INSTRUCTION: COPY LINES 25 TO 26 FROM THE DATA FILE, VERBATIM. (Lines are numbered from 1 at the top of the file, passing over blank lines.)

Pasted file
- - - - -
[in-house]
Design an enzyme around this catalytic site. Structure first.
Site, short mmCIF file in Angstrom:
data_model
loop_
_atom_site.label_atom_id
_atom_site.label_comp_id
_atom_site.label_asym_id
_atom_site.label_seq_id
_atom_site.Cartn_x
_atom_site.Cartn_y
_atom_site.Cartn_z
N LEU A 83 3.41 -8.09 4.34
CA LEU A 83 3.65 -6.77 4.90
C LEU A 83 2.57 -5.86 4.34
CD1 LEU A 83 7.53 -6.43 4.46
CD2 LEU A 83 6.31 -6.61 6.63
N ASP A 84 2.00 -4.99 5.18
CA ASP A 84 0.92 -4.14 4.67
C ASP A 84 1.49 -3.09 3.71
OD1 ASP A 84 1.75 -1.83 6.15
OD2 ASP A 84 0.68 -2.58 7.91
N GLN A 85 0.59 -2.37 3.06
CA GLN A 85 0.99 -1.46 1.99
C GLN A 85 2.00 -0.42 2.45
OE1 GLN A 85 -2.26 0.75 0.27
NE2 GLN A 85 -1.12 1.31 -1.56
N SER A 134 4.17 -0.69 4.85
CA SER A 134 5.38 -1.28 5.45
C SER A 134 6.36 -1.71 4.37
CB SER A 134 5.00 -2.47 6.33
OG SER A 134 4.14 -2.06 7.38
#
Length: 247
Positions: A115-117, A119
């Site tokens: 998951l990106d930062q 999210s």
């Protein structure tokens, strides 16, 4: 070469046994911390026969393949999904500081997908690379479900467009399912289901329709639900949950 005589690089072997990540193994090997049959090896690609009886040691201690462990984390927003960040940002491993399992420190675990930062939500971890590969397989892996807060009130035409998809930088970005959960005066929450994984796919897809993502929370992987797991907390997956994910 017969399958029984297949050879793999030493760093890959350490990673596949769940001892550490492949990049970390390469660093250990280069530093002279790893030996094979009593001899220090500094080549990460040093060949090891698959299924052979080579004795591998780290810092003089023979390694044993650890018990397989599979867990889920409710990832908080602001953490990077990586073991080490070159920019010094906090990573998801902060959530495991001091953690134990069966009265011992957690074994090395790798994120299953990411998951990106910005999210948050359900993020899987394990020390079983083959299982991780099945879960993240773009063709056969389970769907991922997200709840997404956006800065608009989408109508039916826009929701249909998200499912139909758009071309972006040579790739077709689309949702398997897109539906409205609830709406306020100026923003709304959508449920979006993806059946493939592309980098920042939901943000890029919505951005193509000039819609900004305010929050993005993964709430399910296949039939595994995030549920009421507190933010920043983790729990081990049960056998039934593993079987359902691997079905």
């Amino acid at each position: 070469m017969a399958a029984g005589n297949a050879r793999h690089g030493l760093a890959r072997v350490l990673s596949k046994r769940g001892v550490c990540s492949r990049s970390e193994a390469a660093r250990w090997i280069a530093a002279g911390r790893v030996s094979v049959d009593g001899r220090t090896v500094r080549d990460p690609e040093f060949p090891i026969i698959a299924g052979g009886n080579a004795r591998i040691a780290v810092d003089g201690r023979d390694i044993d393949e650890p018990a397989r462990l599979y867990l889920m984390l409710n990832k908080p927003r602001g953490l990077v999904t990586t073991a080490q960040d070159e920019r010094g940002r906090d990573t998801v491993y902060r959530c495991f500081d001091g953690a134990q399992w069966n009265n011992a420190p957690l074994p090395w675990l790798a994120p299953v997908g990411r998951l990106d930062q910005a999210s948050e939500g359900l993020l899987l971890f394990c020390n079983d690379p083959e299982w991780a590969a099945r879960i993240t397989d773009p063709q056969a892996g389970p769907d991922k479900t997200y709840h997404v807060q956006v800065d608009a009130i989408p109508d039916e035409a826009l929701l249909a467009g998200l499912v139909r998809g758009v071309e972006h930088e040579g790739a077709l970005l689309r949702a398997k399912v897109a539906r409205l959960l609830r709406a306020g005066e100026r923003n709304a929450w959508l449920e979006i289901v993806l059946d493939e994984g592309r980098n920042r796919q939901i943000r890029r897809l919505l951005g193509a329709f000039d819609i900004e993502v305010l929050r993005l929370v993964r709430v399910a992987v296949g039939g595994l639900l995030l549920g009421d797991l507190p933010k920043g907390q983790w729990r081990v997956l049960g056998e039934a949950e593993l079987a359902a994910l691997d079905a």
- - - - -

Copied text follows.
C GLN A 85 2.00 -0.42 2.45
OE1 GLN A 85 -2.26 0.75 0.27